The Norovirus outbreak at local schools is diminishing, but not yet over, according to information presented by county and local officials.

Confirmed cases of the stomach illness have dropped from a districtwide peak of 147 to 23 and officials have plans in place to allow normal operations at local schools when illness levels drop below a baseline threshold.

The district has been fighting the outbreak of a gastrointestinal virus since early February when a group of students from John Adams Middle School returned from a field trip. School was canceled at JAMS for a day and non-essential activities have been suspended districtwide.

The County Dept. of Public Health described the disease as Norovirus at a recent meeting. Norovirus is easily transmitted person to person and can spread through direct contact or through contaminated food. According to the Centers for Disease Control and Prevention (CDC), about half of all foodborne illness in the U.S. can be attributed to Norovirus. Symptoms

include diarrhea and vomiting.

At a public meeting Tuesday night, district officials and representatives from the County said they’d reinstate non-essential activities at a school once the number of absent children attributed to a stomach illness was at or below the numbers reported for this time last year.

They said the baseline would vary per school and that schools would continue to be monitored for two weeks following the return to baseline levels.

Dr. Benjamin Schwartz, acting director of the acute communicable disease program at Los Angeles County’s Department of Public Health said a cluster of cases at a specific date and time constitutes an outbreak when the numbers exceed normal expectations.

“There’s no real specific number that we rely on to define when something unusual is happening. Really what you have to do is compare it to what is expected,” he said.

According to information gathered by the district and presented by the county at the meeting, median baseline numbers for schools in the district for Sept. 2015 through Dec. 2016 are: Samohi 4, Lincoln 3.5, JAMS 2, MHS 3.5, Cabrillo 0.5, Pt. Dume 1.5, Smash 2,Webster 0.5,Will Rogers 3, Edison 0.5, Grant 2, McKinley 3, Roosevelt 2.5, Franklin 3.5 and Olympic 0.5.

The numbers presented this week provide a range that officials can work from but circumstances are not identical year on year or from school to school.

For example, high school students that reported feeling ill in 2015 could have been excused without visiting the school nurse’s office. However, during the outbreak every child that reports symptoms visits the nurse and is now part of the reporting statistics. Officials are taking those factors into account when making decisions about how to proceed.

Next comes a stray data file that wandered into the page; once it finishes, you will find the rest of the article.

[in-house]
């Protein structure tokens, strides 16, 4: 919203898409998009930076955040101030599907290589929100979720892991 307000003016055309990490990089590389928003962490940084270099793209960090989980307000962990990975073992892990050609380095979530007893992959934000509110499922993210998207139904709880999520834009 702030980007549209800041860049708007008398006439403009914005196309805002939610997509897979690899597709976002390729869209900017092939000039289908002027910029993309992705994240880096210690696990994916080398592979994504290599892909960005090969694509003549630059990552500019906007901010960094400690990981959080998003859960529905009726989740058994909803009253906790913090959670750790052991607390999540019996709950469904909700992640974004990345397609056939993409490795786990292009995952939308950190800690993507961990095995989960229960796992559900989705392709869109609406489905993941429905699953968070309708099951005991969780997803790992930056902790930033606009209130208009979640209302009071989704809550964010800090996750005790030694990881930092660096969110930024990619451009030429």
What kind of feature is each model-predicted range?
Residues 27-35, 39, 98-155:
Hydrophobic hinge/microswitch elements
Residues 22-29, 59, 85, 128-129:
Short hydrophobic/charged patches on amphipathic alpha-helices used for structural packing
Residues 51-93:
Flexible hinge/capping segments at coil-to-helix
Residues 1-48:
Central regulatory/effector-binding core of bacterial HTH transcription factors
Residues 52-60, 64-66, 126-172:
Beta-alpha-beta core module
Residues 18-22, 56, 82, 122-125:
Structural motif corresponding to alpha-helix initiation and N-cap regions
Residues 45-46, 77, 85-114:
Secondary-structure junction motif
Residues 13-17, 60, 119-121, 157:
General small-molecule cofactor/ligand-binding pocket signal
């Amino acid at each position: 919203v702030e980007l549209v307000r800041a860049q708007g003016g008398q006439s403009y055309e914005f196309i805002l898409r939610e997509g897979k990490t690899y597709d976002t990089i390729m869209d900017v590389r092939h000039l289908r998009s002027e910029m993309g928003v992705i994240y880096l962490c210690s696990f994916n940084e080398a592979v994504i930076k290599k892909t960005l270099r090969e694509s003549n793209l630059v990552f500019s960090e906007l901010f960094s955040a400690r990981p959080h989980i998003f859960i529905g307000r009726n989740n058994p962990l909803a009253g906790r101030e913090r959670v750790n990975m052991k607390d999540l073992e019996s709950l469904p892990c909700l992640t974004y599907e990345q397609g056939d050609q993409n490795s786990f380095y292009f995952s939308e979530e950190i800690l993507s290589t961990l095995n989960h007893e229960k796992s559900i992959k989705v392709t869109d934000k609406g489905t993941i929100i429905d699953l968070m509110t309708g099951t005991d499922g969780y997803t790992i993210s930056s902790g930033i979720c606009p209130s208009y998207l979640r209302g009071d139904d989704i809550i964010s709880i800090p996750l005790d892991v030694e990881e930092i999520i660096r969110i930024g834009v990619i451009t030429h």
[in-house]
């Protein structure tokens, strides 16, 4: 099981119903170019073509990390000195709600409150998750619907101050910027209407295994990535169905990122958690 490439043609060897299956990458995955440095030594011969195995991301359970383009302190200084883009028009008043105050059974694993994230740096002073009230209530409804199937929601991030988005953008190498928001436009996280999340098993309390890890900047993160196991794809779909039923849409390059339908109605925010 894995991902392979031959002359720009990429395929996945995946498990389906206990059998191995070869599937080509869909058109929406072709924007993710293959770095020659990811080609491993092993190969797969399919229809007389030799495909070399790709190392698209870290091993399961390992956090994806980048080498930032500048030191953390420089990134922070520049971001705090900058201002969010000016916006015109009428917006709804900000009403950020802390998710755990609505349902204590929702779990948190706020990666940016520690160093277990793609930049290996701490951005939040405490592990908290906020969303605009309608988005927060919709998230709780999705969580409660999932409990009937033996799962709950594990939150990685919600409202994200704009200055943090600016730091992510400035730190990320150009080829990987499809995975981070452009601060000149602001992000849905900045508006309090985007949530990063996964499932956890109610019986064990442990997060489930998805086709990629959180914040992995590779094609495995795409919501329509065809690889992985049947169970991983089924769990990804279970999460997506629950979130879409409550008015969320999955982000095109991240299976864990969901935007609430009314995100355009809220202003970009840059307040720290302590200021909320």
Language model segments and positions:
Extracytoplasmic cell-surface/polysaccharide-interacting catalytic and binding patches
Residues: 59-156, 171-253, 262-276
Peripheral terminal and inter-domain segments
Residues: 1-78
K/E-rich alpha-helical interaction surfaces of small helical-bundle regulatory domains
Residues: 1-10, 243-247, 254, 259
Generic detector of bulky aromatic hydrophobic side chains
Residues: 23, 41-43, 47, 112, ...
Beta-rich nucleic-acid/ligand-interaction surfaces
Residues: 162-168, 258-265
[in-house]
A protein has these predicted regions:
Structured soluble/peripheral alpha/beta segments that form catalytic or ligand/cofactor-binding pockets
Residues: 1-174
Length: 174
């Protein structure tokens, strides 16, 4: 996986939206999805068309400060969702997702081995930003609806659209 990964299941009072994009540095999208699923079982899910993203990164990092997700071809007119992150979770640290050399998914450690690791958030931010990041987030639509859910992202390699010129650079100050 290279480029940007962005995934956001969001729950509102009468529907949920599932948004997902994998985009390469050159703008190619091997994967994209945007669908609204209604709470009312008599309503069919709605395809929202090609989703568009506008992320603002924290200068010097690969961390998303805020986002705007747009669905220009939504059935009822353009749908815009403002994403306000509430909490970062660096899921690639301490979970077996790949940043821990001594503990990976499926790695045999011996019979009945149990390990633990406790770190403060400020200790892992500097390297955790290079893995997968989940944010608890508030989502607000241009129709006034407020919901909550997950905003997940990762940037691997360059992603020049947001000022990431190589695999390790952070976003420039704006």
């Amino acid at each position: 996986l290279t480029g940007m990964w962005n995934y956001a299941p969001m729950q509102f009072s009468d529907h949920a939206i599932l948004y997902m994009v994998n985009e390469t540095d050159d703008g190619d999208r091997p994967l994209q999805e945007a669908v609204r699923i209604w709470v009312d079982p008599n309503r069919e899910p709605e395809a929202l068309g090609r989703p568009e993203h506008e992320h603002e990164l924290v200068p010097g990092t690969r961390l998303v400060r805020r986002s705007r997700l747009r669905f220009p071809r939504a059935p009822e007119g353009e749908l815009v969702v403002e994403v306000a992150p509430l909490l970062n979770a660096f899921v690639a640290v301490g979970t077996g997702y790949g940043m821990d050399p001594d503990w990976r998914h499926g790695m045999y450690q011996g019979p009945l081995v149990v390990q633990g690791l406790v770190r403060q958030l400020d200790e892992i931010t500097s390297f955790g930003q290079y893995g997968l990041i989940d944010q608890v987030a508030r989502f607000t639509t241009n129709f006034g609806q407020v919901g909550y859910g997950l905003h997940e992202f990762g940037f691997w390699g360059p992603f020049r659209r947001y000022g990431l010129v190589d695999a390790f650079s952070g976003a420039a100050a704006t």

Schwartz credited the actions taken by the district for helping fight the outbreak.

“The rapid response and very thorough cleaning done in the schools really kept the numbers lower than they might have otherwise been,” he said.

In addition to the closure and activity suspension, the district has been cleaning at every school with a focus on high touch surfaces (such as doors or computers). Additional cleaning is done following a reported sickness.

“With just 23 cases out of school because of illness, there’s no school that has a large

number currently,” said Schwartz.

Parents at the meeting had a range of concerns and questions including accusations

of overreacting, underreacting, poor communication, lack of information and health concerns beyond the virus outbreak.

District officials said they’d work to address the communication needs of parents and reiterated

the overall safety of local schools. Schwartz said his office had been in contact with the county coroner regarding a recent pair of student deaths at Samohi and while he couldn’t give out any specific medical information, he said the deaths were not related to each other or the virus.

“I can say definitively number one: there’s no evidence that links either of those to norovirus and there’s no evidence that links the two together,” he said.

Parents who suspect their child has the illness should keep them away from others. Cleaning is an effective way to prevent the spread as is washing food before eating, cooking food properly, avoiding food preparation or care for others when sick, washing laundry and cleaning contaminated surfaces. The CDC recommends a chlorine bleach solution with 5-25 tablespoons

of household bleach per gallon of water (or another disinfectant registered as effective against norovirus by the Environmental Protection Agency) for household cleaning.

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Matthew Hall

Matthew Hall has a Masters Degree in International Journalism from City University in London and has been Editor-in-Chief of SMDP since 2014. Prior to working at SMDP he managed a chain of weekly papers...